Graduate on unique journey as fiction writer and scientist
Marco Gutierrez May 15, 2019
Graduation was a hectic time for many Indiana University School of Medicine students, including Emma Mills. Mills graduated this month with a PhD in Anatomy and Cell Biology. Mills’ school career at IU School of Medicine has been a busy one, as she’s juggled her academic ambitions with her passion for writing.
Since high school, Mills has been writing young adult contemporary novels. Her first book, “A Fool’s Paradise” was self-published in March of 2012 during her first few years in college. Since then, Mills has had four other young adult fiction novels formally published through Macmillan Publishers, including “First and Then” (2015), “This Adventure Ends” (2016), “Foolish Hearts” (2019) and “Famous in a Small Town” (2019). Her next book is due to come out in 2020 titled “Lucky Caller.”
Mills answered a few questions about her academic journey and how she balanced her class work with an ambitious writing career.
What got you interested in getting a PhD degree in anatomy and cell biology?
I became interested in anatomy and cell biology by entering the school through the Indiana BioMedical Gateway (IBMG), which is an umbrella program for PhDs. For your first year, you’re kind of undeclared, and you can rotate through different labs to try to find the best fit for your interest.
Do you ever include your experiences in IU School of Medicine in your books?
Thus far, no. I’ve published four books, and the fifth book will come out in January of 2020. The fifth book will take place in Indianapolis, and the protagonist’s mother works at a school of medicine in a core laboratory. So a little bit, yes, I did slightly bring it in there. Eventually, I would like to write a kind of a STEM (science, technology, engineering, and mathematics)-themed young adult book for teens, especially because here on campus we have the seed program.
Was it difficult for you to balance your academics with your novel writing?
Yeah, I think it would be disingenuous to say it was very easy. I always said I wouldn’t do both if I weren’t truly interested and passionate about both things. It is tough, and it does require a lot of hard work, especially with respect to publishing deadlines and things like that. It can be a bit challenging if I’ve got a lot of experiments going on in the lab and then suddenly you also have this deadline from your publisher. However, I’m always focusing on my degree when I’m here.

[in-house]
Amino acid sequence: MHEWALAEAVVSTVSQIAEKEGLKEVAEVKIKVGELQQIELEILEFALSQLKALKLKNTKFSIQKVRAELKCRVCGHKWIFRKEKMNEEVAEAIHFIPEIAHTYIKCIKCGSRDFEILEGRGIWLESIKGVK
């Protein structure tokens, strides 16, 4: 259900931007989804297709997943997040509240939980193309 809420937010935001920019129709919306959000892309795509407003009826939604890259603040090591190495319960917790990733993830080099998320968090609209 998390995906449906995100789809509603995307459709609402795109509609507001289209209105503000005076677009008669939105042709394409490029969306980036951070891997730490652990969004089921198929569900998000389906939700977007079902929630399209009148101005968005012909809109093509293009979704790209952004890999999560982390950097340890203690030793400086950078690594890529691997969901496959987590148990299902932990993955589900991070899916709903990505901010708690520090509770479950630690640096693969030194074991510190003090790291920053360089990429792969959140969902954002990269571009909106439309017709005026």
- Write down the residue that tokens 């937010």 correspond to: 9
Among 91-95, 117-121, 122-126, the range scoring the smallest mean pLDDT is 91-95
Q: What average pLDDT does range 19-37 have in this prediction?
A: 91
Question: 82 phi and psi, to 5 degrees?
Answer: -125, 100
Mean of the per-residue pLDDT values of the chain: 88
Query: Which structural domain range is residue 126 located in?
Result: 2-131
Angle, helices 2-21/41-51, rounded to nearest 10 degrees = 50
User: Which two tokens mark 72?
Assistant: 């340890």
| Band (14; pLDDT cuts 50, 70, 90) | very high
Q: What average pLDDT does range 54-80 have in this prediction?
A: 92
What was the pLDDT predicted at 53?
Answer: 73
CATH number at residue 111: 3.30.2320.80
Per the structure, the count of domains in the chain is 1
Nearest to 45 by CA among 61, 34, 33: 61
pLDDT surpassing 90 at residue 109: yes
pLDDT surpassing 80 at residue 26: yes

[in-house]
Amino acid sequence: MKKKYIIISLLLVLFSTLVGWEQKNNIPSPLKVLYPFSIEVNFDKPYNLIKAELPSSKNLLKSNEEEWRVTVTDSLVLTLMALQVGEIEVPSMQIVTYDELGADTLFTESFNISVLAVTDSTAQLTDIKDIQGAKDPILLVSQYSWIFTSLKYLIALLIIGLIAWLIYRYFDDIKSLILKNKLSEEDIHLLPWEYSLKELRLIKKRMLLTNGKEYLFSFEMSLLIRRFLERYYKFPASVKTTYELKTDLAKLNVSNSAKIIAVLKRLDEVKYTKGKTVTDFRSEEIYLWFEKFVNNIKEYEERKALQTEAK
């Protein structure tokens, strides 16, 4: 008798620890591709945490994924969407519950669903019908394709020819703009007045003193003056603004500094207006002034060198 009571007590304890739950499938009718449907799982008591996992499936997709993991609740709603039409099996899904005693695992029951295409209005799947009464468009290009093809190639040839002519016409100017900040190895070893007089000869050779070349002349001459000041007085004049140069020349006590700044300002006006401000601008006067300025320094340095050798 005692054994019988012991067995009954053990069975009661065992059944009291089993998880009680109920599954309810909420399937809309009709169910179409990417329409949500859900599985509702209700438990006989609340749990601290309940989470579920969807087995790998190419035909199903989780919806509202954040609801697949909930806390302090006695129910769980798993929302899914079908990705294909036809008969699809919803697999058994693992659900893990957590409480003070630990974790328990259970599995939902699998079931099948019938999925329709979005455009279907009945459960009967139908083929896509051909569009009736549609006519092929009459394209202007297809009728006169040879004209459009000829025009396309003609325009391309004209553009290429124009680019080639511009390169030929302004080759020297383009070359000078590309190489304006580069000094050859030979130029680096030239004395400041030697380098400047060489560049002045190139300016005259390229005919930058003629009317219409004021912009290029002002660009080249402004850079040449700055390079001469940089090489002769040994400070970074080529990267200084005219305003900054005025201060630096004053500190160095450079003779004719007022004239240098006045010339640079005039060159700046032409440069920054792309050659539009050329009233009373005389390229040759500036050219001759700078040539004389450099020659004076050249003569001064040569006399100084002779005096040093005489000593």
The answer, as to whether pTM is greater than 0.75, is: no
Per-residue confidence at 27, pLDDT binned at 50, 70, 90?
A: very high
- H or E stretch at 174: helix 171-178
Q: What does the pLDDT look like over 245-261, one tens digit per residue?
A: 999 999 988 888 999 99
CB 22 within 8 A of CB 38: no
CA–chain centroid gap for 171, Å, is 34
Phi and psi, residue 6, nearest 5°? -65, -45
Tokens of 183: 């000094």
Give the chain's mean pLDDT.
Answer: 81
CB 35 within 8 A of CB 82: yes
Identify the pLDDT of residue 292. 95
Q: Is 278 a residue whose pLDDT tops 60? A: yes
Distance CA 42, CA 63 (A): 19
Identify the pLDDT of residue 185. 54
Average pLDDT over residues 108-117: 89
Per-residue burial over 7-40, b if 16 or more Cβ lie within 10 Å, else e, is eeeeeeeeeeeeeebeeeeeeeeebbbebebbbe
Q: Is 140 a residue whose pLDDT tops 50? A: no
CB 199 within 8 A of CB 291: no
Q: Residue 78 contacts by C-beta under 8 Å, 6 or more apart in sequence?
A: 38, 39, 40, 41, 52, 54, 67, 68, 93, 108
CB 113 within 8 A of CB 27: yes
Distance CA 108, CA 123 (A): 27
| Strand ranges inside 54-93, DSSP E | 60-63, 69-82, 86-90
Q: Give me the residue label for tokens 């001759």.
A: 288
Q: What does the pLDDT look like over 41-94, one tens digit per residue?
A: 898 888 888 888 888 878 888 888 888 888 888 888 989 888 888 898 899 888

What advice would you give a student who has aspirations to write fiction while working on a PhD?
Carve out the time to make it happen. I think you just really have to commit. I have been fortunate because my publisher has been very flexible in some aspects, so if I need more time for this or that they try to work with me. But school always has to come first. It’s been tricky for me, but I think when you’re really committed you can make it happen and I think people need to know that it can be done as well.
It looks like you have carved out two possible paths for a career, one as a writer and one as a scientist. Which do you see yourself pursuing?
I hope to find a career in science, hopefully, something that yields a little bit of flexibility so I can still pursue both. I feel excited to try to manage both.
How do you feel about finally graduating after all the time you spent here at IU School of Medicine?
It’s a complex feeling, I think it’s a transitional time, so there are lots of thoughts about the future and next steps. At the same time, it’s a bit nostalgic to kind of say goodbye to the school. It’s also exciting at the moment because I think there’s so much going on that it’s not fully sunk in yet.